• paypal abuse

    One of the great problems with eBay from a sellers point of view is that PAypal can reverse a payment when the buyer is irresponsible.
    for example, we sell moving pack which are quite heavy and cost £10 to £15 to ship.
    A buyer will buy this and change their mind after the item has been shipped. Usually the problem is that they bought the item too late to be delivered by the weekend. buying late afternoon on Thursdays. or they were not at home for the first delivery and 2nd delivery would be too late.

    what they do, and this is happening to us regularly, is refuse or deliberately not facilitate delivery. the item will then be retuned to sender at cost of £25 at least.
    what do paypal do in this case? they will reverse the payment to the seller.
    this has happened to us several times and they are encouraging this irresponsible selfish behaviour. we have to pay the £25 return shipping and the paypal take back the full payment. no effort is made to help recover the £25.

    we have a returns policy that would refund the purchase and outward shipping if the goods are returned within 7 days. paypal do not tell the buyers that they should receive the goods and ship it back for a full refund.
    instead they will reverse the payment leaving the seller to pick up the £25 charge. even if the buyer tells paypal that they deliberately refused delivery, they will still give a full refund at sellers expense.

    this is encouraging people to change their mind about their purchase and refuse delivery and leave the seller to pick up the pieces.
    I am thinking of moving to our own web sales with a Google checkout.

    eBay/paypal need to address this issue. sellers like us will leave eBay if they can not address this issue.

  • http://www.sobuyso.com sobuyso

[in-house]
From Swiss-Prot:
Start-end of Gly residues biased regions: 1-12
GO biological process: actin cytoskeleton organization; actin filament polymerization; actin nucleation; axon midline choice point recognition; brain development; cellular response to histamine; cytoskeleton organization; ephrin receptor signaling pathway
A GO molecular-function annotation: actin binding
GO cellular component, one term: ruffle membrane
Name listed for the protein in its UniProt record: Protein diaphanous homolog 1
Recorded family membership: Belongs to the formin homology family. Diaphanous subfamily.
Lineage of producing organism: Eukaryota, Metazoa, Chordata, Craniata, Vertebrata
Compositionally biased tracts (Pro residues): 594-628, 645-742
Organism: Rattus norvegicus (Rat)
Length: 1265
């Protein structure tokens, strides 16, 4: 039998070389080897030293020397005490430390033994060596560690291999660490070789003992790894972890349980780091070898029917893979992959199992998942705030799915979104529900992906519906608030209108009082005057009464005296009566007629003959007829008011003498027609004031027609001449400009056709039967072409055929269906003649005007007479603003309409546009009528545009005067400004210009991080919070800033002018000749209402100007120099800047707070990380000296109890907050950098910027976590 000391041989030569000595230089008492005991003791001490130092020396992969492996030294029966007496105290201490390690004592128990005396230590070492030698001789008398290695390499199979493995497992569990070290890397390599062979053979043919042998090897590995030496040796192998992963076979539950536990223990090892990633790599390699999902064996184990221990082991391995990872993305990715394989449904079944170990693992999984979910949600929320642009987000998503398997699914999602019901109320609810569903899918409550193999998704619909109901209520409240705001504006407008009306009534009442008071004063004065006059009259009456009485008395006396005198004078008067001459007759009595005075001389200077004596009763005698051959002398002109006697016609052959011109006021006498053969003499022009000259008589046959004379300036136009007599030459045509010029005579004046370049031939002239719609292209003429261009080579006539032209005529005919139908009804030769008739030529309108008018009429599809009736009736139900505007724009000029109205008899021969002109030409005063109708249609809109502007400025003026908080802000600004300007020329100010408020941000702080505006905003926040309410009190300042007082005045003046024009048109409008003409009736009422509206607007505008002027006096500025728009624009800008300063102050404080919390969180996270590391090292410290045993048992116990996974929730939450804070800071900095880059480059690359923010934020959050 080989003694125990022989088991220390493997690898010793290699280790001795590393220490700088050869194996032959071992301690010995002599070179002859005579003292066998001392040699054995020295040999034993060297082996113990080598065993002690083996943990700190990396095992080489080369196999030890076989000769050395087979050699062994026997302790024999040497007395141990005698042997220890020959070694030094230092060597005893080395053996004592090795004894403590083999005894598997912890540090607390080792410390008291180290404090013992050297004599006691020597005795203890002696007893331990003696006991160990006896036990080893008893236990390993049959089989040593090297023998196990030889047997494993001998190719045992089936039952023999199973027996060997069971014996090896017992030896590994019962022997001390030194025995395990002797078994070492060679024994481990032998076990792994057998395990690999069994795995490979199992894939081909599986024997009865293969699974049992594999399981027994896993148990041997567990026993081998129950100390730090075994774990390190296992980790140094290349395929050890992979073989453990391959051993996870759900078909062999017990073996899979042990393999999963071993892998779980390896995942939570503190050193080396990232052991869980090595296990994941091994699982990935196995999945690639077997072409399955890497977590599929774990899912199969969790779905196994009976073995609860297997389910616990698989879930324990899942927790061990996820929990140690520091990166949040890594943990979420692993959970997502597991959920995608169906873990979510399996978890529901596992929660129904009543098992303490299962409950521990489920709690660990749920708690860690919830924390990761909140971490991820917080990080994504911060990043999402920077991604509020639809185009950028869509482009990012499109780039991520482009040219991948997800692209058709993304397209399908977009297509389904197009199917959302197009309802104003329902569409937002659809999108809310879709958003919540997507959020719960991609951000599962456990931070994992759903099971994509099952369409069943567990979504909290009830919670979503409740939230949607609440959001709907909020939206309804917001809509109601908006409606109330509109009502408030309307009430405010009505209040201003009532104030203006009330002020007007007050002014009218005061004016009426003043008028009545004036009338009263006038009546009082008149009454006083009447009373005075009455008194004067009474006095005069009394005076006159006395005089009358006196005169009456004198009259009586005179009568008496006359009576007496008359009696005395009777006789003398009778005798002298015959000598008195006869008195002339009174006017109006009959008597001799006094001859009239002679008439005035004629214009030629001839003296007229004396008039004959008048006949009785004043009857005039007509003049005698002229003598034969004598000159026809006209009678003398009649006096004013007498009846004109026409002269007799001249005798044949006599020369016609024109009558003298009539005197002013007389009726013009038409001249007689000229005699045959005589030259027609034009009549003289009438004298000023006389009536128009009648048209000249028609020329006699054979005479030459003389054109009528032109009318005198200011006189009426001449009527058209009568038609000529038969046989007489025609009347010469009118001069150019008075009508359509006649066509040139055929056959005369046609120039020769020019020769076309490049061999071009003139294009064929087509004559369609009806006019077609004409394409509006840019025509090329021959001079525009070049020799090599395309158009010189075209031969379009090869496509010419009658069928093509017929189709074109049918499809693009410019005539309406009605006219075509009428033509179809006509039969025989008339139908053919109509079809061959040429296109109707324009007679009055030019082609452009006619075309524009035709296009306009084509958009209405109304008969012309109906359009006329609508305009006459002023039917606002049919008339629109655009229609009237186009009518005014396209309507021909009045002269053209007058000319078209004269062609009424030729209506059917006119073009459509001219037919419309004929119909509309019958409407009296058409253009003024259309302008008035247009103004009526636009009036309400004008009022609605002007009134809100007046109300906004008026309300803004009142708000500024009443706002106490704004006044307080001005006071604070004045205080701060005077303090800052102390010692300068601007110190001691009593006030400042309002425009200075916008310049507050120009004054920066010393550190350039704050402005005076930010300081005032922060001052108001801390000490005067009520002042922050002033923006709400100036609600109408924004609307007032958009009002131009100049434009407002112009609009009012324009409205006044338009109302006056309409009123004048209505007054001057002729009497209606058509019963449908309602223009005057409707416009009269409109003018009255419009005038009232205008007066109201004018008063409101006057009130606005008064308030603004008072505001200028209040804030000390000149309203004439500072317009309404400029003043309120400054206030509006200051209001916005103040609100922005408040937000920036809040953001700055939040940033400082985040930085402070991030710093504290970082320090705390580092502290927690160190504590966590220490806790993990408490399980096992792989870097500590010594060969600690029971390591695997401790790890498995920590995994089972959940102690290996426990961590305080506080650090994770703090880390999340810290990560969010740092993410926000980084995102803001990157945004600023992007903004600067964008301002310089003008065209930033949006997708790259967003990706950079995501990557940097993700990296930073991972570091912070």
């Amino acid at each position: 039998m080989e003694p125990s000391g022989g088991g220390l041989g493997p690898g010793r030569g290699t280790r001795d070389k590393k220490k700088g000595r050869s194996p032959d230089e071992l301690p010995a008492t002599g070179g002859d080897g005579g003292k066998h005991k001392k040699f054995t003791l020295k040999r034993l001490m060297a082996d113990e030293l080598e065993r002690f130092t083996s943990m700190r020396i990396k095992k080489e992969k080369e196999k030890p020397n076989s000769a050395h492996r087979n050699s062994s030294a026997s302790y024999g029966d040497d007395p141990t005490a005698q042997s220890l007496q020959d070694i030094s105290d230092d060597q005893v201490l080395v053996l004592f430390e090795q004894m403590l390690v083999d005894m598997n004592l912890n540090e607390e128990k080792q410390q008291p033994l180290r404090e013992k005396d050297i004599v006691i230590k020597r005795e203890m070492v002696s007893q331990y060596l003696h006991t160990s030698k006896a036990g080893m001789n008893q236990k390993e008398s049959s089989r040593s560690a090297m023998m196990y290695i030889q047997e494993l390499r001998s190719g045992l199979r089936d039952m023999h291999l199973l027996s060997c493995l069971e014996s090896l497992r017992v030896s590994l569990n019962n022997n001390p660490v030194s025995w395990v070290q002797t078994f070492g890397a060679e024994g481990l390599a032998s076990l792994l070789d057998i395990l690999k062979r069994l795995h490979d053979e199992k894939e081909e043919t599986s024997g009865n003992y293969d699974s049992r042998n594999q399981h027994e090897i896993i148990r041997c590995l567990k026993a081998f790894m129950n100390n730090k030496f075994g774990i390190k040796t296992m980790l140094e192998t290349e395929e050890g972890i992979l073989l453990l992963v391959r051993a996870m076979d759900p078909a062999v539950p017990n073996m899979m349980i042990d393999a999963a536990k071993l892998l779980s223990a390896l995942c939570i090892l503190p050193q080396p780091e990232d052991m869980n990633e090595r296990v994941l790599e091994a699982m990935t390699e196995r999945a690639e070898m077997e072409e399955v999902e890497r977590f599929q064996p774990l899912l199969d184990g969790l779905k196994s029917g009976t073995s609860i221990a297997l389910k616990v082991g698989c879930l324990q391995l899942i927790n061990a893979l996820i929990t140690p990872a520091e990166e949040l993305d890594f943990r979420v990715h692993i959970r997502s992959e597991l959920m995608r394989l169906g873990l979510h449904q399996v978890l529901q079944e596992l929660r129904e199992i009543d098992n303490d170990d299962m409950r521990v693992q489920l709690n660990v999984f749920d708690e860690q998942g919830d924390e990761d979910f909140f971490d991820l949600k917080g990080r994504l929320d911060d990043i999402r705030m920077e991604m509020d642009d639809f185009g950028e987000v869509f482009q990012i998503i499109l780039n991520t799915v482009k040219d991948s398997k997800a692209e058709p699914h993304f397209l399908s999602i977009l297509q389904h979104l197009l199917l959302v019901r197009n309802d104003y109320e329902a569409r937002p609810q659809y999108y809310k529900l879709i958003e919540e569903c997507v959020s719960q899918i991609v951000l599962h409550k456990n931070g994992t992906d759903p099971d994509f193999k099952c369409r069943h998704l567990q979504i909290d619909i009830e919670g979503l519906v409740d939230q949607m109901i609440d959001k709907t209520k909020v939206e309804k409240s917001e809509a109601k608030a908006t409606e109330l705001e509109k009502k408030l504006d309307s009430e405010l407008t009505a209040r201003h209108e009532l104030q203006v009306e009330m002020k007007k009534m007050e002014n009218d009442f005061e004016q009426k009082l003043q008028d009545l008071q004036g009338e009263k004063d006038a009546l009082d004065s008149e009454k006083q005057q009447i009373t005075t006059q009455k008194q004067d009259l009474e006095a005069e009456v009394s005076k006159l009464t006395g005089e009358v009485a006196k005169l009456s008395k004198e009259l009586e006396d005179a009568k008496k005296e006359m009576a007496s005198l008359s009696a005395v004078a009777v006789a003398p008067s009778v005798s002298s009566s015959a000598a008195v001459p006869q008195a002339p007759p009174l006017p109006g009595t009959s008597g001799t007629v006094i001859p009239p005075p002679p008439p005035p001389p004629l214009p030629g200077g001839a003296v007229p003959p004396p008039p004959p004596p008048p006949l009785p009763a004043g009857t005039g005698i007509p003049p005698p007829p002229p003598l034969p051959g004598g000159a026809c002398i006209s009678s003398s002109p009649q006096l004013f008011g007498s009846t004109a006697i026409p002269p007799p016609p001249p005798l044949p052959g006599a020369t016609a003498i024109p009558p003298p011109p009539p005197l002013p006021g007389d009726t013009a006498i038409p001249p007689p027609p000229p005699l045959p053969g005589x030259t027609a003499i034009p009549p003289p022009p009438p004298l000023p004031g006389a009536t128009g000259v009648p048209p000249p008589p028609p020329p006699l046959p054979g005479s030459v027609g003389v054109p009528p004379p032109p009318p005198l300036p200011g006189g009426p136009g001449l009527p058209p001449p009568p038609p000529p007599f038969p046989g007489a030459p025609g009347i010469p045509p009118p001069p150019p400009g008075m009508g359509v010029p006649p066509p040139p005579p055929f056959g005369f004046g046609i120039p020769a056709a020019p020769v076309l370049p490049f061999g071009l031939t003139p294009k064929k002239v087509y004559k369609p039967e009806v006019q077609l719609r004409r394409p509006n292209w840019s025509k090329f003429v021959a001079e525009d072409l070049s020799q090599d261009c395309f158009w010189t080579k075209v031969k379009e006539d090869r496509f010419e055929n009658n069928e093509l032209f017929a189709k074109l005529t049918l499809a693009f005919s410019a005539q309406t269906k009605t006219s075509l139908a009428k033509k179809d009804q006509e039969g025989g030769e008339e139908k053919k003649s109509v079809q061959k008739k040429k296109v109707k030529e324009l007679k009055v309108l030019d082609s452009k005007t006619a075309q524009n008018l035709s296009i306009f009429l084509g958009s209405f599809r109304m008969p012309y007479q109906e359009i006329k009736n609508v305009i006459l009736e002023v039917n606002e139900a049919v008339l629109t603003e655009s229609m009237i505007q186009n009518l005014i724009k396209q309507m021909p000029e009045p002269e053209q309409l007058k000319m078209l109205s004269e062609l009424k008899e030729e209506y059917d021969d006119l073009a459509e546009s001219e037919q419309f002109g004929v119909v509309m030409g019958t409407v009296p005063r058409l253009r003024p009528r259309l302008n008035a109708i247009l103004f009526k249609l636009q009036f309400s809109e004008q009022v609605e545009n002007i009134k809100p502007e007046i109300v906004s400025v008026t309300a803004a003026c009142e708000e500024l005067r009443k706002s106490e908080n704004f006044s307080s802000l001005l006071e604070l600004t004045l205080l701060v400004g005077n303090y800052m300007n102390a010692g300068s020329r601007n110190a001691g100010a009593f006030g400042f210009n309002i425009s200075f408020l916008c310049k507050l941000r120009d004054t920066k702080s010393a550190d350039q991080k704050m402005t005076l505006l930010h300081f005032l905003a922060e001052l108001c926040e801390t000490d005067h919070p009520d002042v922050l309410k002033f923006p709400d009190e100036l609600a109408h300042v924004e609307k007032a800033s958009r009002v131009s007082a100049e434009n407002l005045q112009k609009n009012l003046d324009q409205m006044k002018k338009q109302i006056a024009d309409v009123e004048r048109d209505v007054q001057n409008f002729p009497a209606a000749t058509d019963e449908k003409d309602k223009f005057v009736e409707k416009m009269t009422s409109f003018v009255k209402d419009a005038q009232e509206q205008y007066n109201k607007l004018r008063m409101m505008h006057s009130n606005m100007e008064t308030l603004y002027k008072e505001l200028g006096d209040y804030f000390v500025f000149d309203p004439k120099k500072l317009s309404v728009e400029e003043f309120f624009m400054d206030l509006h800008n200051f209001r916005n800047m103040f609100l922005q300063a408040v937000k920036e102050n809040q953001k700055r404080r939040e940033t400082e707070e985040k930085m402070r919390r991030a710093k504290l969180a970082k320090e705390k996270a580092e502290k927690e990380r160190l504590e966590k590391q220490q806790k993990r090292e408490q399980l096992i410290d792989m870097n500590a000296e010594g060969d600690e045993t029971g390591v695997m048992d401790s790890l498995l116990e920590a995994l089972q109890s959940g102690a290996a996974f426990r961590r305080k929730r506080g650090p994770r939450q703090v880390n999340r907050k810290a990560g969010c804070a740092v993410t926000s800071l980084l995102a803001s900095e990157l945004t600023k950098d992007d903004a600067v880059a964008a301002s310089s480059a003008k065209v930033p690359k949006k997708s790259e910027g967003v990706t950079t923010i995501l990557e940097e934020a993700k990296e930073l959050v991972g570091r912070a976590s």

the ebay fees is too high and too many,I will say good to ebay~~~

  • http://www.bidjit.com skiman58

    There is no hope for ebay or its short-sighted board of directors and its CEO. It truly can be said that when something’s not broke, don’t fix it but, upper management thought they knew best and took a mega-giant money making machine and figured they knew what works.

    Problem is that they have no clue what works and each time they attempt to fix the last “fix” they send themselves deeper into the abyss. Then again, what do corporate flunkies care about more than anything else? Their own perks and stock options! They have no direct stake in ebay’s success (such as their sellers) as they already have their departure plans in place and golden parachutes at the ready.

    PESA accounts for 400M per year in sales on ebay and they should have been knocking down ebay’s door a long time ago. Now PESA members look about as idiotic as their fellow ebay parrots (in upper management) who sold them ALL on a future, which did not seem to include them. Now PESA cries “wolf” while ebay upper management goes “woof” “woof” as the tail was truly wagging the dog the entire time. The back doors deals between it ebay and its select group sellers, is ripe for some type of investigation.

    What will ruin ebay is its faceless, uncaring upper management team who systematically make all the wrong decisions. The shareholders have spoken and ebay stock has gone from a 52 week high of $40.00 per share down to $18.00 per share. The true indicator of ebay is its stock price and no one is really taking much stock in ebay’s management team, their style nor their ideals for the future.